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Have You Personally Used an Honest Head Hunter? 478

Posted by Cliff
from the used-car-salesmen-of-IT? dept.
Haacked asks: "As a software manager, I've tried using recruiters and head hunters to find qualified employees. My experience is that used car salesman feel like paragons of integrity, in comparison. It seems their interests never lie with the job applicant, nor the company. However, I once read that some recruiters do act with integrity and actually care about the people they are trying to place. The book suggested finding a head hunter who is interested in a long term relationship with you (not for the commitment-phobic) and will serve more as a career counselor, attempting to find a position that meets your goals. Seems to me that establishing a long-term relationship with fewer as opposed to screwing people over in volume would make good business sense to garner repeat business. Have any of you ever worked with any firms you felt represented your interests well?"
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Have You Personally Used an Honest Head Hunter?

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  • Yes. (Score:5, Funny)

    by grub (11606) <slashdot@grub.net> on Tuesday September 30, 2003 @05:11PM (#7097811) Homepage Journal

    Have You Personally Used an Honest Head Hunter?"

    Yes, a fellow named Jeffrey Dahmer. Nice guy, if a bit strange. I'd ask him what he did with the rest of the bodies but he always just gave me a sly grin.
    I wonder what ever happened to him..
  • The best one I've worked with was working on a 6-month contract. He got paid either way, but he worked his buns off for us. And, he was dead-honest. Putting one on a 6-month payroll, though, probably defeats the purpose unless you have several positions to fill.
  • I have.... (Score:5, Funny)

    by bahamat (187909) on Tuesday September 30, 2003 @05:12PM (#7097833) Homepage
    I've been used by one, does that count?

    Wait, maybe that was abused...
  • My choice (Score:5, Informative)

    by JLSigman (699615) <jlsigman@hotmail.com> on Tuesday September 30, 2003 @05:12PM (#7097835) Homepage Journal
    A guy at the Ettain Group [ettain.com] did his best for me, and wasn't upset when I chose a full-time job over the contract he offered me. But not knowing where you are, they may not be available to you.
    • I highly, highly recommend a gentleman named Vern who works for Hobson Associates. [hobsonassoc.com] They're based in CT, but work outside of CT as well.

      Be aware that he will make you go through a rigorous process to document your wants, needs, and goals before he will work with you; he values the relationships he has with his client firms *and* his recruits. So be prepared to work if you call him. Don't waste his time. But if you're honestly looking for a great recruiter who will work hard to put you in the right pla
  • by Anonymous Coward on Tuesday September 30, 2003 @05:13PM (#7097836)
    Unfortunately, most head hunters do not get paid for employee retention or satisfaction, and simply earn dollars for every body they bring through the doors. As such, there's no incentive to ensure that things work out in anyone's best interest.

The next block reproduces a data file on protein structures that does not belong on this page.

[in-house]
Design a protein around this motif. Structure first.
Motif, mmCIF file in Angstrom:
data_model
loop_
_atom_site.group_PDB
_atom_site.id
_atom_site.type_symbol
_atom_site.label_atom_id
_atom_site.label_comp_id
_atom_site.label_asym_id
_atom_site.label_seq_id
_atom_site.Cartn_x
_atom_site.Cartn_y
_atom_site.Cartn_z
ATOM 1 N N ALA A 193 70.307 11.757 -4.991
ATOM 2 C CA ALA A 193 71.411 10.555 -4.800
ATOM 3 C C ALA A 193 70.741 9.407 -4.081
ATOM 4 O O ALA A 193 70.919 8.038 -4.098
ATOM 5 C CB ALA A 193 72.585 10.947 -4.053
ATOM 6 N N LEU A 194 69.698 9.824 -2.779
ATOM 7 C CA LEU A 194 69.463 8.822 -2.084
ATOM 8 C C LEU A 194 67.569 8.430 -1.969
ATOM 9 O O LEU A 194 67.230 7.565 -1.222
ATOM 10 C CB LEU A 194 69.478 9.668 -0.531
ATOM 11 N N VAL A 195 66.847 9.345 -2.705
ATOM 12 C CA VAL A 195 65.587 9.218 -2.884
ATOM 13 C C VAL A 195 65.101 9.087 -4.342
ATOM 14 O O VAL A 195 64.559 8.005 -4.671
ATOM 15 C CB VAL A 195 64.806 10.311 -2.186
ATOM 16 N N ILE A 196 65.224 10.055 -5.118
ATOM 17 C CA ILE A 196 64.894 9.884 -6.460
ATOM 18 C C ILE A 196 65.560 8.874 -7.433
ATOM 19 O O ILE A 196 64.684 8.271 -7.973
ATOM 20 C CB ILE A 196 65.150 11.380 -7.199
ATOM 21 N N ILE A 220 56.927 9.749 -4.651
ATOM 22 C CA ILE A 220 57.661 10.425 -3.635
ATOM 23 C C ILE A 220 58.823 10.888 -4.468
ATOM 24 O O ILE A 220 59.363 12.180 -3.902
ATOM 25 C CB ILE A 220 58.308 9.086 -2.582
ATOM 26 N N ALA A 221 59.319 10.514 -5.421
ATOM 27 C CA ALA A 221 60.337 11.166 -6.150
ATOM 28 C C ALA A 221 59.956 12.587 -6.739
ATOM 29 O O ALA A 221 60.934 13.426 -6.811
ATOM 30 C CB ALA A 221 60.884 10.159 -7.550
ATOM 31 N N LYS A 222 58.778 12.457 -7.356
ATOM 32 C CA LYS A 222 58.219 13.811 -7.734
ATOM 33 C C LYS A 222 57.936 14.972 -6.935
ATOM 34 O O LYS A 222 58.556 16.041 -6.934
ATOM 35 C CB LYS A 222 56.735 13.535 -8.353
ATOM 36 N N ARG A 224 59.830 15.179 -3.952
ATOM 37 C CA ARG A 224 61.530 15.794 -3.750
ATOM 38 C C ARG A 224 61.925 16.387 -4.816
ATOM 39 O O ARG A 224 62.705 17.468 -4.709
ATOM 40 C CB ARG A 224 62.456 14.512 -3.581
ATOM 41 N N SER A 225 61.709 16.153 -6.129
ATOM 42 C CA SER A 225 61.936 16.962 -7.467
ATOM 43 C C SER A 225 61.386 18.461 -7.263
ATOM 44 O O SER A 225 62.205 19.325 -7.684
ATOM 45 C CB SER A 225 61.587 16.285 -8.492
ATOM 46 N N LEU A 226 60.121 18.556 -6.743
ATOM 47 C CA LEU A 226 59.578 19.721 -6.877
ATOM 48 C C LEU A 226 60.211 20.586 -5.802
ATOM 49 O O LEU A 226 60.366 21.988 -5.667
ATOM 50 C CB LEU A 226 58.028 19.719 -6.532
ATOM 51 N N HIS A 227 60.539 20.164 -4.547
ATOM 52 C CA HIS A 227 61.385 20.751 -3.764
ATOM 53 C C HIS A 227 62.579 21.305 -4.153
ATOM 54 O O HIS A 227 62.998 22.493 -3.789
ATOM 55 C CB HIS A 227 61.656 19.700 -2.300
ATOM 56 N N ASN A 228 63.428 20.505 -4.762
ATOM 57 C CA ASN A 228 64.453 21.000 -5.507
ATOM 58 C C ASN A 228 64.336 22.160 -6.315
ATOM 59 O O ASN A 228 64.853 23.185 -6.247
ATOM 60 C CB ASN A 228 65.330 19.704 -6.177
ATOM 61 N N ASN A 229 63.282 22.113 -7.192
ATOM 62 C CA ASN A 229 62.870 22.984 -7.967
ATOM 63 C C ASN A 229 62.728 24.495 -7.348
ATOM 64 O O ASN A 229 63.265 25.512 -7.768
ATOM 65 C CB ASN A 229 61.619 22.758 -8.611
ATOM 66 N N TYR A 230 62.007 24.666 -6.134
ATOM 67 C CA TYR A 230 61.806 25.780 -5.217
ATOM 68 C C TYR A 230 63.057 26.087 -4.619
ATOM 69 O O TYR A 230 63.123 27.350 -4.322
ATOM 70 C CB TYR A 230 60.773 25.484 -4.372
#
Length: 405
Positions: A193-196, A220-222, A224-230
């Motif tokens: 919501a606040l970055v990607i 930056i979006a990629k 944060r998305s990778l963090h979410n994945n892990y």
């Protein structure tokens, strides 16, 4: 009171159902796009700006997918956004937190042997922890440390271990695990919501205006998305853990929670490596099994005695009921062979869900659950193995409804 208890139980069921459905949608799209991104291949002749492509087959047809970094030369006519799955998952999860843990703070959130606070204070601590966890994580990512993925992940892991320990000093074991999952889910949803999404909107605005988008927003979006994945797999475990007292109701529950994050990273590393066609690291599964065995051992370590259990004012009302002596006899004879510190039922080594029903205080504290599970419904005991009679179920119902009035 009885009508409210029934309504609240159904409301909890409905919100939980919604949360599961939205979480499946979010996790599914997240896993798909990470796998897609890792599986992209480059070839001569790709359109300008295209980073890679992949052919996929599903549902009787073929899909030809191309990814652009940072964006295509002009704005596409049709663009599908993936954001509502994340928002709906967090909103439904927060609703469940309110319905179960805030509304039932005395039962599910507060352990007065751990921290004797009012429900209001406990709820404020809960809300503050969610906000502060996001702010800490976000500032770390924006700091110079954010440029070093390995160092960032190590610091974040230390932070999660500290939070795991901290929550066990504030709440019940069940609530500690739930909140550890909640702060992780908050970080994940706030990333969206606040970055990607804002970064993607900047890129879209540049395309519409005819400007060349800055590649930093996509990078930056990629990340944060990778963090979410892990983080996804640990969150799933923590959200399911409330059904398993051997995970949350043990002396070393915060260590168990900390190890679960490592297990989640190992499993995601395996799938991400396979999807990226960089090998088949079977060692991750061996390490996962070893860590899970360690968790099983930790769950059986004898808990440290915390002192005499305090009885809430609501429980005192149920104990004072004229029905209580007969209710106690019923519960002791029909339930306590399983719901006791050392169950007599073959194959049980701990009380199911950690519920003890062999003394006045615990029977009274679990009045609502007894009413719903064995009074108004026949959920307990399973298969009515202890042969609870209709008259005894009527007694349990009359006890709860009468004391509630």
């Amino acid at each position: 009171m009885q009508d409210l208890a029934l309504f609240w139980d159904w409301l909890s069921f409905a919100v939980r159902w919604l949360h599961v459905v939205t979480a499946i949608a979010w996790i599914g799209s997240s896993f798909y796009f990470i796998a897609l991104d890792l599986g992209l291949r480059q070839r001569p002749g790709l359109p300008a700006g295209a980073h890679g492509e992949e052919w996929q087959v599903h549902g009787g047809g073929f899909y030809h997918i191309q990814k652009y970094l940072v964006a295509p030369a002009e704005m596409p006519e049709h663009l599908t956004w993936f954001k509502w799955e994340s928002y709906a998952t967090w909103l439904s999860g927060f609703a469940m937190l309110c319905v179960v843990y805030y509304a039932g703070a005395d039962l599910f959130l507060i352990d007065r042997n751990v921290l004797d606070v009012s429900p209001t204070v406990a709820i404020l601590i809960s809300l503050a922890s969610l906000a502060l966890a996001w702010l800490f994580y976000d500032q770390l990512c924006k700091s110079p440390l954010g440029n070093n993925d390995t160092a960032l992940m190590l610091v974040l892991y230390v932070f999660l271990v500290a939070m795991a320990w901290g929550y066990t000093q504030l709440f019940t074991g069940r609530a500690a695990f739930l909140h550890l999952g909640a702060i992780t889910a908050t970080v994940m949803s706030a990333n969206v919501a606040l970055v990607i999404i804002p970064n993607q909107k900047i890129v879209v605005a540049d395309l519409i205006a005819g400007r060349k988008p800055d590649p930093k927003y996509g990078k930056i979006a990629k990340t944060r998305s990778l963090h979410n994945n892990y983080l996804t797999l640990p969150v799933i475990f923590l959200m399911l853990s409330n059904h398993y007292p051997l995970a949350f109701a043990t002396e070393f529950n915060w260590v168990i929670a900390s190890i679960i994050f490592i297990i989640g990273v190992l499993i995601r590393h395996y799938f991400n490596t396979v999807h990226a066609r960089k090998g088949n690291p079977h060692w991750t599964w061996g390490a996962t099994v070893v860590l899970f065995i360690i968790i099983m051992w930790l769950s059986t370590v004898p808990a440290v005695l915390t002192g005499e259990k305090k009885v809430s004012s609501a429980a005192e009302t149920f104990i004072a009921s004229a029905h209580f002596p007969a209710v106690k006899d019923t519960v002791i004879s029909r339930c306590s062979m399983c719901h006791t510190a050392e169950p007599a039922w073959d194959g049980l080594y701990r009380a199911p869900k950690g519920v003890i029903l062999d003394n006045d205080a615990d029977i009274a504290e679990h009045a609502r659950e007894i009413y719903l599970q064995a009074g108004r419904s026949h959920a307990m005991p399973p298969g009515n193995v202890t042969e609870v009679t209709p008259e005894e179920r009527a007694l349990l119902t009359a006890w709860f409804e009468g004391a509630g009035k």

Ideally, long term employee satisfaction & retention should factor into the payroll equation.
    • by doug (926)
      Bingo. You've hit the nail right on the head.

      There needs to be some sort of feedback loop to make the system work better. Most systems work better with checks and balances. Most of the money up front, but some of it later (6 months?) after the employee has been there a while. Maybe give the headhunter bonuses based off of the employee's performance. The headhunter would want more money because of the higher risk, and longer period until payment is complete.

      - doug

      PS: I've never seen this in action, s
  • Most of the few headhunters I have spoken to have all been interested in longer term relationships. Building my resume became a group effort, me to excell in the positions, him to put me into them. It worked quite well.

    I have spoken to one or two who presented themselves as one shot deals. Id rather use a temp agency then associate with someone with so little confidence in themselves, or me.
  • Mom and Dad were the best job finders for me. Of course if you don't want to work near family this might not work for you.
  • by jdauerbach (252525) * on Tuesday September 30, 2003 @05:14PM (#7097851)
    Some headhunters work on retainer -- generally filling higher-level positions. They tend to put their client's interests first, because their compensation is already earned and because they work on a long-term basis. Others work on commission, filling a position for, say, 30% of the first-year salary. Many of these are, I understand, a bit less ethical.

    When you speak with a headhunter trying to fill a position, just ask, "Are you on commission for this, or is it a retainer job?" You can learn a lot from that.
  • Nope... (Score:5, Funny)

    by telstar (236404) on Tuesday September 30, 2003 @05:14PM (#7097852)
    Got a call from a guy that's called me every 3-4 months last week.

    Me: "I'm still pretty happy in my current job"
    Him: "Well, we're looking for C# developers, but we'll interview people with java talent to fill those roles."
    Me: "We're looking for Java talent as well, so if I knew good people, I think we'd take them."
    Him: "Really?!? What's the hiring manager's name?"
    Me: "I'm pretty sure he wouldn't want that information given out."
    Him: "Fine... **click**"

    I don't expect to hear from him in 3-4 months.